The Palestinian Central Bureau of Statistics (PCBS) and the Palestinian Water Authority (PWA) Issue a Press Release on the Occasion of World Water Day, March 22, 2014
Theme for World Water Day 2014 is “Water and Energy”
On the occasion of World Water Day, March 22, PCBS and PWA present key indicators related to water and energy in Palestine.
Water and energy are vitally important factors in all societies and United Nations declared “Water and Energy” as the theme for World Water Day 2014.
More than a quarter of water supplied to domestic consumers was purchased from the Israeli water company
Development in Palestinian society has led to increased demand for water and it is crucial to achieve the goals of sustainable development. Limited water resources impact on the quantity of water available, which was 349.2 million cubic meters (MCM) in 2012. Of these, 56.6 MCM were purchased from the Israeli water company “Mokrot”, constituting 28% of the water supplied to domestic consumers, in addition to iniquitous pumping from the coastal aquifer in Gaza Strip that reach to 130 MCM.
The increase in population combined with a static quantity of water defined in the Oslo Agreement has had a significant impact on the daily allocation per capita: 76.4 l/c/d in the West Bank and 89.5 l/c/d in the Gaza Strip. However, 95% of drinking water in the Gaza Strip does not meet WHO standards and is also less than the minimum quantities recommended by WHO.
The amount of water obtained from ground water aquifers is estimated to be only 15%, while 85% is drawn by Israel.
however the Palestinian also deprived from their rights in Jordan River since 1967.
About half of households consider water quality to be good
Data for 2013 revealed that 48.8% of households in Palestine considered the quality of water to be good: 73.5% in the West Bank compared to 5.8% in the Gaza Strip.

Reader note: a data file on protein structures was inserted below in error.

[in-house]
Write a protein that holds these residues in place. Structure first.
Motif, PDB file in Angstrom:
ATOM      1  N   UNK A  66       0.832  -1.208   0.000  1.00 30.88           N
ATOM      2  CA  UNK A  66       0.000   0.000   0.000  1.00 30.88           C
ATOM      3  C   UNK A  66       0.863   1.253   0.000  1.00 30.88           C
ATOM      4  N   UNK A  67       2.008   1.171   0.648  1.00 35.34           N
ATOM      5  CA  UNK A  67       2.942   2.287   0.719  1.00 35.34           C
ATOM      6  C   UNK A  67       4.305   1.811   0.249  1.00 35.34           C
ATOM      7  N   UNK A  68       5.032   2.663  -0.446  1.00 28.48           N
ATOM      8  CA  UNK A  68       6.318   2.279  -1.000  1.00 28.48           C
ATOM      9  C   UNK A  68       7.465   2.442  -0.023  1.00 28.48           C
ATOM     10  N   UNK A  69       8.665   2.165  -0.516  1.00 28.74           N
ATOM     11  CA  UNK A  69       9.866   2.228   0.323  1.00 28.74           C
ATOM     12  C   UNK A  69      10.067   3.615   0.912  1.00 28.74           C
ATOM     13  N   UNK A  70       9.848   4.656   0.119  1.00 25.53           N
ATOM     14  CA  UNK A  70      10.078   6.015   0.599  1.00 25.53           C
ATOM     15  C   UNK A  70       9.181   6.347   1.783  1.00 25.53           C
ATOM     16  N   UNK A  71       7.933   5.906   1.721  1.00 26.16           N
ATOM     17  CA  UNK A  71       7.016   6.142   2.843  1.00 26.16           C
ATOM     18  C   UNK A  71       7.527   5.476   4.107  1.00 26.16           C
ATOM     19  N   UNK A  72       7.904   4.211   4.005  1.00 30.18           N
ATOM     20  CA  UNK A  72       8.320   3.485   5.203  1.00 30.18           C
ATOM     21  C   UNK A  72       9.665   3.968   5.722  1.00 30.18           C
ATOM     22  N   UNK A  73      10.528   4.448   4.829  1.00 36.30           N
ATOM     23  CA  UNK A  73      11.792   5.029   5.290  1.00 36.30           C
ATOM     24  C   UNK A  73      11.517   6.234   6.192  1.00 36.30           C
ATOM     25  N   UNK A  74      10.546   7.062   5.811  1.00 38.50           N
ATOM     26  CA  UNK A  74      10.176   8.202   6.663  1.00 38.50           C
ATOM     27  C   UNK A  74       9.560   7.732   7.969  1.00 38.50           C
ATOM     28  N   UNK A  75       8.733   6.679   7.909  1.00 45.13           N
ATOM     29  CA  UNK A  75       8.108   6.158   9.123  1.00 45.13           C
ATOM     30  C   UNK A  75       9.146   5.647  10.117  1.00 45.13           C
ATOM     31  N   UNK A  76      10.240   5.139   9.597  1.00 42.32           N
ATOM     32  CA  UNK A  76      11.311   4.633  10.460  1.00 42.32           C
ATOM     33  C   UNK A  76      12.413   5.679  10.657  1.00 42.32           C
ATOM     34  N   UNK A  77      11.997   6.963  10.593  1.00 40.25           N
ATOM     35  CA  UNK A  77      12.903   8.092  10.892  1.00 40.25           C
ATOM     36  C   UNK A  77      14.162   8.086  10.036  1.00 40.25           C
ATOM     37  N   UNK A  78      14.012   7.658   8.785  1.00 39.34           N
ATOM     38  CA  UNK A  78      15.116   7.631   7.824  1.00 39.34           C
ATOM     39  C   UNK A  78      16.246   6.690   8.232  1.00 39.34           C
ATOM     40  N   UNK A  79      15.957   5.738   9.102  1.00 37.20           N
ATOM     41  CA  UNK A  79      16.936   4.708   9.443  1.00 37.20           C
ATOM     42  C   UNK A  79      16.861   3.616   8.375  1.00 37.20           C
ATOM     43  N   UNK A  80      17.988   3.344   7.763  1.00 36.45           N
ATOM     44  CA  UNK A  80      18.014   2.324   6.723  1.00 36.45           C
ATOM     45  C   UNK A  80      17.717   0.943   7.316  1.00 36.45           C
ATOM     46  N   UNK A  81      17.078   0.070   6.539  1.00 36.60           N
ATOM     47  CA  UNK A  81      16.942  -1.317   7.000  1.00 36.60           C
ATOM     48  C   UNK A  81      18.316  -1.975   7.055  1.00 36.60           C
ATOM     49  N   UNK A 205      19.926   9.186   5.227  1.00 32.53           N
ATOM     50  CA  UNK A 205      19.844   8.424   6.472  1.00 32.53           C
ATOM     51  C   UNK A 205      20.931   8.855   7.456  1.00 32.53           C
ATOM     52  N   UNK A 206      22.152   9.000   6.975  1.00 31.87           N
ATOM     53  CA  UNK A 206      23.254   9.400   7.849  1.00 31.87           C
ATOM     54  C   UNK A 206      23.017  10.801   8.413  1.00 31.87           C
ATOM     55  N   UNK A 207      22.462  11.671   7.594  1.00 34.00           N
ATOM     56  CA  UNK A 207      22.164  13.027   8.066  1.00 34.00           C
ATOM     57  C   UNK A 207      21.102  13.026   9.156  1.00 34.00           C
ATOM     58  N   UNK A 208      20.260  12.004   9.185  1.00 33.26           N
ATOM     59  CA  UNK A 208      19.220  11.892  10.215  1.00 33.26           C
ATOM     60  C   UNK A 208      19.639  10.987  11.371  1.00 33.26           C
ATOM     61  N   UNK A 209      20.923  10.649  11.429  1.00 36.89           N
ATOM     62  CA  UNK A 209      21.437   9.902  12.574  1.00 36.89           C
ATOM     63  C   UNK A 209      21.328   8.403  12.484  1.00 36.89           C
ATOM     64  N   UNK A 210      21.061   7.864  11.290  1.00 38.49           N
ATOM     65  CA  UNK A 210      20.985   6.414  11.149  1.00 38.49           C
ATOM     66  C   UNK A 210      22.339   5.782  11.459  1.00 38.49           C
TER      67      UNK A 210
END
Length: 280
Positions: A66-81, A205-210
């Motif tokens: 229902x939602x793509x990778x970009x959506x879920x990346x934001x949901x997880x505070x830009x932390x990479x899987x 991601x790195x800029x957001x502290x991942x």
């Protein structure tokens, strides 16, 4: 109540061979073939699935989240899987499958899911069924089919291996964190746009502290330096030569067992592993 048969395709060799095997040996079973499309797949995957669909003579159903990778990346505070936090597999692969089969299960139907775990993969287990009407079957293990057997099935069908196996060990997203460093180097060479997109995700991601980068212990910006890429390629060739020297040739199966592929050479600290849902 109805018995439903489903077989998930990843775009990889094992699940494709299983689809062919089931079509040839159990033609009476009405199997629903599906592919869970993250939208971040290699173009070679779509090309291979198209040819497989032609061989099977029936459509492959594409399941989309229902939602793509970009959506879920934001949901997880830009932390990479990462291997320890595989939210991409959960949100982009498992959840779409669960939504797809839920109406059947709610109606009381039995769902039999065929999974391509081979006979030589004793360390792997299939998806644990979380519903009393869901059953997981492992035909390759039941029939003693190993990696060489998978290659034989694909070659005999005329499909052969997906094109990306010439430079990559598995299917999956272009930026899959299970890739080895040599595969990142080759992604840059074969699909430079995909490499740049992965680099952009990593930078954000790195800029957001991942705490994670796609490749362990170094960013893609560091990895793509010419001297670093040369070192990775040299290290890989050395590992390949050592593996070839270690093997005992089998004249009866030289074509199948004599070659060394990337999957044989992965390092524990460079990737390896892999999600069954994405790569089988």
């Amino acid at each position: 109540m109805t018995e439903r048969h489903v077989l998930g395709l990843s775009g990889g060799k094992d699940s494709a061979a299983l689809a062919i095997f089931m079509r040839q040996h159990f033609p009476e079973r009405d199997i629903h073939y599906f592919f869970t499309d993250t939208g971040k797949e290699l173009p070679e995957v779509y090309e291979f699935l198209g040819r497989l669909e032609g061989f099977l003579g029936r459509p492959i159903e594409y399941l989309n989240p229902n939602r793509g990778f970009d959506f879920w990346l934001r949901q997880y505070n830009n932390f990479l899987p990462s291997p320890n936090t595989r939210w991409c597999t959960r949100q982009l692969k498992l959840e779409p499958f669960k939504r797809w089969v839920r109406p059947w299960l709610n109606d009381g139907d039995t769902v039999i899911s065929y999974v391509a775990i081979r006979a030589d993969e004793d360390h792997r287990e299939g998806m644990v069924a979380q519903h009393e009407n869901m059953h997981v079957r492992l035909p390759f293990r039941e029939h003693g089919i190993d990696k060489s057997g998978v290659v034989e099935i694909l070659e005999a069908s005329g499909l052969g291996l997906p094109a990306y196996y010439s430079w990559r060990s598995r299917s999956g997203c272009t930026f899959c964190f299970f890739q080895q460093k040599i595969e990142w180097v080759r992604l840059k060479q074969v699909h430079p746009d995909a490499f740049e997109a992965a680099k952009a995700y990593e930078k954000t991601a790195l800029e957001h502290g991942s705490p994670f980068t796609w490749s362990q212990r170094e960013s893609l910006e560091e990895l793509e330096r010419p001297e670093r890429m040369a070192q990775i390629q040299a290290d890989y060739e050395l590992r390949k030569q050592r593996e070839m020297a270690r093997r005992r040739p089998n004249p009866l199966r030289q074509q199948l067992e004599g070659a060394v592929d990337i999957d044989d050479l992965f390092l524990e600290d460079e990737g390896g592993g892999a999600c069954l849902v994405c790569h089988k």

The low percentage in the Gaza Strip is due to increased salinity in the water because of the seepage of wastewater into the groundwater and the absence of supervision of drinking water by districts in the Gaza Strip.
Quarter of Palestinian households have regular water supply daily
In 2013 27% of households in Palestine had water supplied on a daily basis, while 51.3% of households were supplied with water three to four days per week.
Most energy consumed is imported from Israel
Israel is the main source of electricity in Palestine: 4,702 GWh were purchased from Israel in 2012 constituting 88.7% of the total energy purchased in Palestine of 5,301 GWh in 2012.
Around 7.4% of energy was purchased from the Palestinian company in the Gaza Strip, 2.3% of energy was imported from Egypt and 1.6% of all energy was imported from Jordan.
Palestine imports its oil fuels entirely from Israel and that the reason why Palestine has extremely high prices of fuel and energy.
About two thirds of Palestinian households rely on solar water heating
The results of the domestic energy survey (July 2013) showed that 62% of households in Palestine use solar water heating and thus save more than 600 GWh, which is estimated to be the equivalent of 100 million dollars yearly according to the Palestinian Energy Authority, placing Palestine at the top of the countries that use this renewable source of energy.
There has been a noticeable decrease in the percentage of households that use solar heating in Palestine from 72% in 2001 to 62% in 2013; around 32% of households rely on electricity as the main source to heat water according to energy data for 2013.
Prospects for development of water and energy
Water losses totaling 77.3 MCM in 2012 are the main problem faced by the water sector and greater efforts are required from the Palestinian government to repair the leakage of water from the water network and reduce the quantity of water losses.
Palestinian governorate should look for alternative sources of water to reduce the burden on existing domestic water sources. These might comprise the use of treated water for irrigation (111.5 MCM for agricultural use) or for cooling processes as required by power plants.
However, water treatment plants consume large amounts of energy and as most energy in Palestine is imported from Israel at a high price, this may only serve to exacerbate the problem.
Palestinian governorate needs to rely on renewable energy sources such as wind and solar energy that do not require water. For example, a desalination plant in the Gaza Strip that produces 38 MCM of fresh water would need 35 MWh. This would be lower than the 85 MWh energy required in the Gaza Strip by 2018, in addition to implement the strategic treated plant that will produce 55 MCM of fresh water.